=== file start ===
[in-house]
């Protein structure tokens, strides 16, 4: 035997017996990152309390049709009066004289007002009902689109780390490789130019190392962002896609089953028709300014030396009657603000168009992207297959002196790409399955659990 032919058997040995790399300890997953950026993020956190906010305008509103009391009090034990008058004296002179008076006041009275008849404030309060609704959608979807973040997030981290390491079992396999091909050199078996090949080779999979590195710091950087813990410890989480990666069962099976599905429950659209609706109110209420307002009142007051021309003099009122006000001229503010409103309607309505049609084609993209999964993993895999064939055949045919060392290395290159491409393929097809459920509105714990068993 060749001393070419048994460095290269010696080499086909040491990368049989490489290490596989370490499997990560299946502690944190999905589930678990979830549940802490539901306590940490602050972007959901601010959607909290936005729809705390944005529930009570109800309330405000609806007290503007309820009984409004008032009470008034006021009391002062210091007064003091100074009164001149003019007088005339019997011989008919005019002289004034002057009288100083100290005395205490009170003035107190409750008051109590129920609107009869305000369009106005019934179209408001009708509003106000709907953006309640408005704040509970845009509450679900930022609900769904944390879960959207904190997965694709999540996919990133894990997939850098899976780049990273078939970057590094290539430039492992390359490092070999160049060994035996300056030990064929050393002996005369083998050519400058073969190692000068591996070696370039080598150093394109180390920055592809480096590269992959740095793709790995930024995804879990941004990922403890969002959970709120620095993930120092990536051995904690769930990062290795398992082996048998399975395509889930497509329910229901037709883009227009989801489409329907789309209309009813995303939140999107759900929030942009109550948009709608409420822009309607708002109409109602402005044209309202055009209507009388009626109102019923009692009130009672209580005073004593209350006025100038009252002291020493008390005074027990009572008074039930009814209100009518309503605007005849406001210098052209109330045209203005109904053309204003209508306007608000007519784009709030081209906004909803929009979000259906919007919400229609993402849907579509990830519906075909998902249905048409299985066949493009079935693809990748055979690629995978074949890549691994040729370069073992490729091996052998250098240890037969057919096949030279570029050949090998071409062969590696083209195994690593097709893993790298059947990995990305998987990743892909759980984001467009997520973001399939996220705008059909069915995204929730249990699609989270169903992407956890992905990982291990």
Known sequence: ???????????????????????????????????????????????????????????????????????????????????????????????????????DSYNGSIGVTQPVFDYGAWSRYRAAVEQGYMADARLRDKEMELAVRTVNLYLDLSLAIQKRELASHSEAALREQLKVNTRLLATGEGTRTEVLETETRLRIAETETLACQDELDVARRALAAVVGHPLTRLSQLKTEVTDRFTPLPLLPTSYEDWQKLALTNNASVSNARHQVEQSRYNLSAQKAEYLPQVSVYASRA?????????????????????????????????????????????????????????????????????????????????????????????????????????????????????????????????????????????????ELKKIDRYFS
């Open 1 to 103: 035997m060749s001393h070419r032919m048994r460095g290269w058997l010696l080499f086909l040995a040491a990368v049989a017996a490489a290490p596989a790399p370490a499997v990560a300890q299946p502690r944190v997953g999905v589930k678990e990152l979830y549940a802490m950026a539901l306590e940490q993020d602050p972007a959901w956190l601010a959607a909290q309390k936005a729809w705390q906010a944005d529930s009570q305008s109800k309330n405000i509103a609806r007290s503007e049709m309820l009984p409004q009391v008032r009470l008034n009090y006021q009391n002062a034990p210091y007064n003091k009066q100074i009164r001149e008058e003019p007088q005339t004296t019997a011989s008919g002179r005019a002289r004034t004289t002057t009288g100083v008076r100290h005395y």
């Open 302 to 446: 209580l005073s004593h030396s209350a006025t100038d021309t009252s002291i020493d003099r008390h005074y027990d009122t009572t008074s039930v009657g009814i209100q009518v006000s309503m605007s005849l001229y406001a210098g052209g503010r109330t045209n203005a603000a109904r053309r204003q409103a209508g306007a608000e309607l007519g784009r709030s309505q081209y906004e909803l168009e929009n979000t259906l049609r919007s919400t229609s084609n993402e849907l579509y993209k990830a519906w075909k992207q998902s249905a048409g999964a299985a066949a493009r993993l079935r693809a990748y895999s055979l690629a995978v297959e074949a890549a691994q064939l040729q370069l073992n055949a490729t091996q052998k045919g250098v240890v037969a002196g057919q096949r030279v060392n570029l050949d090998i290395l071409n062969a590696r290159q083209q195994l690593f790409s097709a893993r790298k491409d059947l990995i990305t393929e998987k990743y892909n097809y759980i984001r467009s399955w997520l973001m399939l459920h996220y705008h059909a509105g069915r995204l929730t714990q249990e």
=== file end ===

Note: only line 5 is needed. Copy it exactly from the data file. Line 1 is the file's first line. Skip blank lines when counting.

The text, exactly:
């Open 302 to 446: 209580l005073s004593h030396s209350a006025t100038d021309t009252s002291i020493d003099r008390h005074y027990d009122t009572t008074s039930v009657g009814i209100q009518v006000s309503m605007s005849l001229y406001a210098g052209g503010r109330t045209n203005a603000a109904r053309r204003q409103a209508g306007a608000e309607l007519g784009r709030s309505q081209y906004e909803l168009e929009n979000t259906l049609r919007s919400t229609s084609n993402e849907l579509y993209k990830a519906w075909k992207q998902s249905a048409g999964a299985a066949a493009r993993l079935r693809a990748y895999s055979l690629a995978v297959e074949a890549a691994q064939l040729q370069l073992n055949a490729t091996q052998k045919g250098v240890v037969a002196g057919q096949r030279v060392n570029l050949d090998i290395l071409n062969a590696r290159q083209q195994l690593f790409s097709a893993r790298k491409d059947l990995i990305t393929e998987k990743y892909n097809y759980i984001r467009s399955w997520l973001m399939l459920h996220y705008h059909a509105g069915r995204l929730t714990q249990e």